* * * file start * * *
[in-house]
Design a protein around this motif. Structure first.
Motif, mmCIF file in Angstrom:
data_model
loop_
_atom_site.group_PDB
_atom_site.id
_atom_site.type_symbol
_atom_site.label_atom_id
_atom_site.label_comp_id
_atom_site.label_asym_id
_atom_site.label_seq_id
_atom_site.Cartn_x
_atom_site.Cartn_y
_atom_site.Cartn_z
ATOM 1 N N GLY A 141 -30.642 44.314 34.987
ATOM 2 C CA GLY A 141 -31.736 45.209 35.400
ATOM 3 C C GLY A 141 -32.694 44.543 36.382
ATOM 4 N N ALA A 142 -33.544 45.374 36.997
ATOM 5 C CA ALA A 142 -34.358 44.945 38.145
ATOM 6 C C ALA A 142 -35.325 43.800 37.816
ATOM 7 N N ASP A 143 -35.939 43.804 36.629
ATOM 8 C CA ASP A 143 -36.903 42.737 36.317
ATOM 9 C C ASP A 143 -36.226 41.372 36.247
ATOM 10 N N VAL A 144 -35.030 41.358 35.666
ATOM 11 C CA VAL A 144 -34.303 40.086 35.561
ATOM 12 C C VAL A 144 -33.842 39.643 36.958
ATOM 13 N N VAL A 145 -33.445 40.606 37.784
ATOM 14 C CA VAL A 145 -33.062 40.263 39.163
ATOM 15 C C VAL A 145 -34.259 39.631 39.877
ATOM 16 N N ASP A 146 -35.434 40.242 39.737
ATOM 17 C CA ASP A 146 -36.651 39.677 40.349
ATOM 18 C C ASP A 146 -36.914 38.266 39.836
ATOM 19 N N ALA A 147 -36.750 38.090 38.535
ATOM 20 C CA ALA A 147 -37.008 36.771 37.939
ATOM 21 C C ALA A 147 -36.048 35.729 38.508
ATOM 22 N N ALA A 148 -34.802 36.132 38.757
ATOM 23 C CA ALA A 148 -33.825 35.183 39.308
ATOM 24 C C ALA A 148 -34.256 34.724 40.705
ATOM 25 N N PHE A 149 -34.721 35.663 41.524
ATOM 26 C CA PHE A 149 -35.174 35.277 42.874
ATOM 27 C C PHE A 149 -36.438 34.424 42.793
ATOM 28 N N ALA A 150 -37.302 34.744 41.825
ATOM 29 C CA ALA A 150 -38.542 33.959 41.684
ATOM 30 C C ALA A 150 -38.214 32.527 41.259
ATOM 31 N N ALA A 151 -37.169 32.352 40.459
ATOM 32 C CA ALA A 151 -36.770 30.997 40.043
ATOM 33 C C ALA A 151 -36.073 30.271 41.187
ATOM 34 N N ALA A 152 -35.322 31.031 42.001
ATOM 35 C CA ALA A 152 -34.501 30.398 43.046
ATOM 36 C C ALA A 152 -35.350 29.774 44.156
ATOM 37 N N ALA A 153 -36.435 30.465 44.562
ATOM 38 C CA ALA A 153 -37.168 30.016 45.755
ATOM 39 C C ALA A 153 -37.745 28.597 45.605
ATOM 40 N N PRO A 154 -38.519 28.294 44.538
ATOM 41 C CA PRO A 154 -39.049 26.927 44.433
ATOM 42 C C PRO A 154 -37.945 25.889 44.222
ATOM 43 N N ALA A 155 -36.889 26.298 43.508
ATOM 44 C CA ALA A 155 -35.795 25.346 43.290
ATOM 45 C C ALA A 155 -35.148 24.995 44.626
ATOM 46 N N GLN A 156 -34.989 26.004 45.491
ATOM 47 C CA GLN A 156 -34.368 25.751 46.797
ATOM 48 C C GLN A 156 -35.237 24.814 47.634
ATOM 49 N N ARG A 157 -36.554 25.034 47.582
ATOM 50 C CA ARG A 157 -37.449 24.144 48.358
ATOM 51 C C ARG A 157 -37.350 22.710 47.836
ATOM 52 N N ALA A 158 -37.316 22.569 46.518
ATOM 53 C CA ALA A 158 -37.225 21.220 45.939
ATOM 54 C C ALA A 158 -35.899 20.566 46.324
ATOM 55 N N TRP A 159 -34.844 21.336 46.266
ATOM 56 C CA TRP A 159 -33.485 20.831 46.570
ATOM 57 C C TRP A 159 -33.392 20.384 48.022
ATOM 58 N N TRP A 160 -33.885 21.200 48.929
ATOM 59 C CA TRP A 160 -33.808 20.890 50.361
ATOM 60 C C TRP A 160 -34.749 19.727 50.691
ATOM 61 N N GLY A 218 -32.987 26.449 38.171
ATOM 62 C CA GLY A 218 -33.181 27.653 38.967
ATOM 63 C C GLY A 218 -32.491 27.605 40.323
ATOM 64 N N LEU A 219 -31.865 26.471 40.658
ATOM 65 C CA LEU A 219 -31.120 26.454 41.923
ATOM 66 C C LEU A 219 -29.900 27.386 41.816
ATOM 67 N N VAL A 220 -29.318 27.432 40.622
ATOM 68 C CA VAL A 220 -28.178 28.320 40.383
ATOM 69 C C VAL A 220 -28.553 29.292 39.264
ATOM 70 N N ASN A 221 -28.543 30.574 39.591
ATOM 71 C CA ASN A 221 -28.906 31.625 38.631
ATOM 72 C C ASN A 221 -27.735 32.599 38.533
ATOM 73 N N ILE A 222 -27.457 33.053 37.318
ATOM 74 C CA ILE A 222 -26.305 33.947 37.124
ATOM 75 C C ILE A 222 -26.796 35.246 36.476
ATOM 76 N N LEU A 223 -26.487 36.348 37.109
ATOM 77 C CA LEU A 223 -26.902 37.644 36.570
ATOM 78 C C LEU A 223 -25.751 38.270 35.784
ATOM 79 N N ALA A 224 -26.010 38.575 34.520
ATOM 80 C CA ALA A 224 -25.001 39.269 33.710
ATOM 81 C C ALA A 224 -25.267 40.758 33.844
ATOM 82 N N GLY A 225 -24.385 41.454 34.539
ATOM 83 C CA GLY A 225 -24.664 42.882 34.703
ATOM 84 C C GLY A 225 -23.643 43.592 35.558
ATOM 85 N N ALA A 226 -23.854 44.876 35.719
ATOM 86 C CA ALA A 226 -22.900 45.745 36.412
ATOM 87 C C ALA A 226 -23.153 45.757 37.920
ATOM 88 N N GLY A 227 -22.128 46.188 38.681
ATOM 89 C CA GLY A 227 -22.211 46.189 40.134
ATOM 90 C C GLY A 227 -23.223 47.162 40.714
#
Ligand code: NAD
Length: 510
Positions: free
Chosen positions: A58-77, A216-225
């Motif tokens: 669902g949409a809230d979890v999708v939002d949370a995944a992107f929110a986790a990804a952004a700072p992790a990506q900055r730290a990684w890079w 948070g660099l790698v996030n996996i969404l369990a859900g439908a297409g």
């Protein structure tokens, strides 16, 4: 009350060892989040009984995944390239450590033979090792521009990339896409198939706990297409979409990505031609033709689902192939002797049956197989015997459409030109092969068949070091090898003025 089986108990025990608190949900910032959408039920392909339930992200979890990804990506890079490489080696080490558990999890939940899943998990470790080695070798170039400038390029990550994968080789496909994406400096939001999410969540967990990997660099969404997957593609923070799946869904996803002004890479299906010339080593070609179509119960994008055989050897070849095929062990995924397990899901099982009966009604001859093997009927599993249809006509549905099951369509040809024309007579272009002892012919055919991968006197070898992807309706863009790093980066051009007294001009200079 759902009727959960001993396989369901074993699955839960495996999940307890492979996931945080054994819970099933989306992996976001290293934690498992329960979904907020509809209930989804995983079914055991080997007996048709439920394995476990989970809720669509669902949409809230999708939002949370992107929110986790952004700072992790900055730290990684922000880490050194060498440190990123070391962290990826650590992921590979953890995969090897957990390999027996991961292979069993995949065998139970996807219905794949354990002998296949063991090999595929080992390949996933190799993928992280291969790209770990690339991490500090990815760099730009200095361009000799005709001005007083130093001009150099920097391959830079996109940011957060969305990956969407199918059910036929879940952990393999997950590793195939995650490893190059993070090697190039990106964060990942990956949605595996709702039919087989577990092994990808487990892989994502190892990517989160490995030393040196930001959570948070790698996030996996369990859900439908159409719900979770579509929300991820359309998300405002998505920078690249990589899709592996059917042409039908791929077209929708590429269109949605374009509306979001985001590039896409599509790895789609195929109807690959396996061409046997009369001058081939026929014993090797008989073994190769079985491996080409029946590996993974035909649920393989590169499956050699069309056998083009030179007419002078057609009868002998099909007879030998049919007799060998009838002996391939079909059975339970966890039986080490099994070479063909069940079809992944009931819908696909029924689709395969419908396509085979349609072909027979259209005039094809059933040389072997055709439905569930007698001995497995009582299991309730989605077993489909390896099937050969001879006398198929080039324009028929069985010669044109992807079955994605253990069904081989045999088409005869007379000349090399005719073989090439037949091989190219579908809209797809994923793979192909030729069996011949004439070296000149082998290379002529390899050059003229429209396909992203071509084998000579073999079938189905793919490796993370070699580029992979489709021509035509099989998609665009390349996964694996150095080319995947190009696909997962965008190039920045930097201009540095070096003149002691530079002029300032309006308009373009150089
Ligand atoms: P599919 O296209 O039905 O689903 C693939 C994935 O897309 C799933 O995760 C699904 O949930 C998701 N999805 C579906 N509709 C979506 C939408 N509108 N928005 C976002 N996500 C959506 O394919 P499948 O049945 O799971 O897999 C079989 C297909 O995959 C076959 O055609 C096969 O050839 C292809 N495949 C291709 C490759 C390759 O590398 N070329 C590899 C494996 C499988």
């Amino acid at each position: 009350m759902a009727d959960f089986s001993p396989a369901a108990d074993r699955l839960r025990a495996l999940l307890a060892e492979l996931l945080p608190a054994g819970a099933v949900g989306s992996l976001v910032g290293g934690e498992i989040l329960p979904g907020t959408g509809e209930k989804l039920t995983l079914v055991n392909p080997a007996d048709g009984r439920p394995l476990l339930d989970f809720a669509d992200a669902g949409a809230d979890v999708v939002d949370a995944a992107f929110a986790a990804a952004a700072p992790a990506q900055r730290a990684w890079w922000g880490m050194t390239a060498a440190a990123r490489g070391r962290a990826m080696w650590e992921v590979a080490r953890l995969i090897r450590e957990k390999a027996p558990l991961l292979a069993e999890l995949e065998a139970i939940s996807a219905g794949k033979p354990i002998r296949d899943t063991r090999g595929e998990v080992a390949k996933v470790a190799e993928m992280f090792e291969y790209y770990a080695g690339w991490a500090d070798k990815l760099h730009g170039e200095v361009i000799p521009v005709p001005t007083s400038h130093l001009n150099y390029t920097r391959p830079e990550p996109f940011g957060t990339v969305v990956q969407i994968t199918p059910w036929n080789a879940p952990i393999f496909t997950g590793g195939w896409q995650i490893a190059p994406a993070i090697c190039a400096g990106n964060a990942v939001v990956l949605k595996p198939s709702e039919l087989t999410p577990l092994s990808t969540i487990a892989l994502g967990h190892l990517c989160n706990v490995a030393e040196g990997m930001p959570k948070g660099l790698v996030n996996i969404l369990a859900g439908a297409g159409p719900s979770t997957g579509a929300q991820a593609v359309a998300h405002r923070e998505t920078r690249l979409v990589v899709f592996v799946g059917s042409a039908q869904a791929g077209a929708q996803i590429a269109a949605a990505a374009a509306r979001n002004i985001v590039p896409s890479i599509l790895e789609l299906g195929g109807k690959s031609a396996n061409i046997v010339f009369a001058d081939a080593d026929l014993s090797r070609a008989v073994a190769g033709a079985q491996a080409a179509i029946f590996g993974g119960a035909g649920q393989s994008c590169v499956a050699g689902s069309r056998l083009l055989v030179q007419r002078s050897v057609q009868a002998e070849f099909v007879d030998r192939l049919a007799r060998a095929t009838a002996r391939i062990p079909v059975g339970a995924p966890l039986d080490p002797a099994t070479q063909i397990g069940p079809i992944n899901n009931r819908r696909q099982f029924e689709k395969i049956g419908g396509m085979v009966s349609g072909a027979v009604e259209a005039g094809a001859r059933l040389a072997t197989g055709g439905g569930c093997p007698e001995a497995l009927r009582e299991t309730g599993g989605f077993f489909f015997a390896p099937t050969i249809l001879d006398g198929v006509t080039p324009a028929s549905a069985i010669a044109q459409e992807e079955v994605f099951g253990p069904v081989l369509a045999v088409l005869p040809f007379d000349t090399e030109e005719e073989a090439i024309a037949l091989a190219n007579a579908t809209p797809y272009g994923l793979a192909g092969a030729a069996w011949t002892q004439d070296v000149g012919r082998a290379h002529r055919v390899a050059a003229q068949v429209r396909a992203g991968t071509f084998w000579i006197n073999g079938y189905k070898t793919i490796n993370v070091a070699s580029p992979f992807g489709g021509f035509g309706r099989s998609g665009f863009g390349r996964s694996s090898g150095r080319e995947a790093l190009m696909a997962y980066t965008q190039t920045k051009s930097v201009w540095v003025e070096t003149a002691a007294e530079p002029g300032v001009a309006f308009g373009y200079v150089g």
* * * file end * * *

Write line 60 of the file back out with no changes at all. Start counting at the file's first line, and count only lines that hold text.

ATOM 45 C C ALA A 155 -35.148 24.995 44.626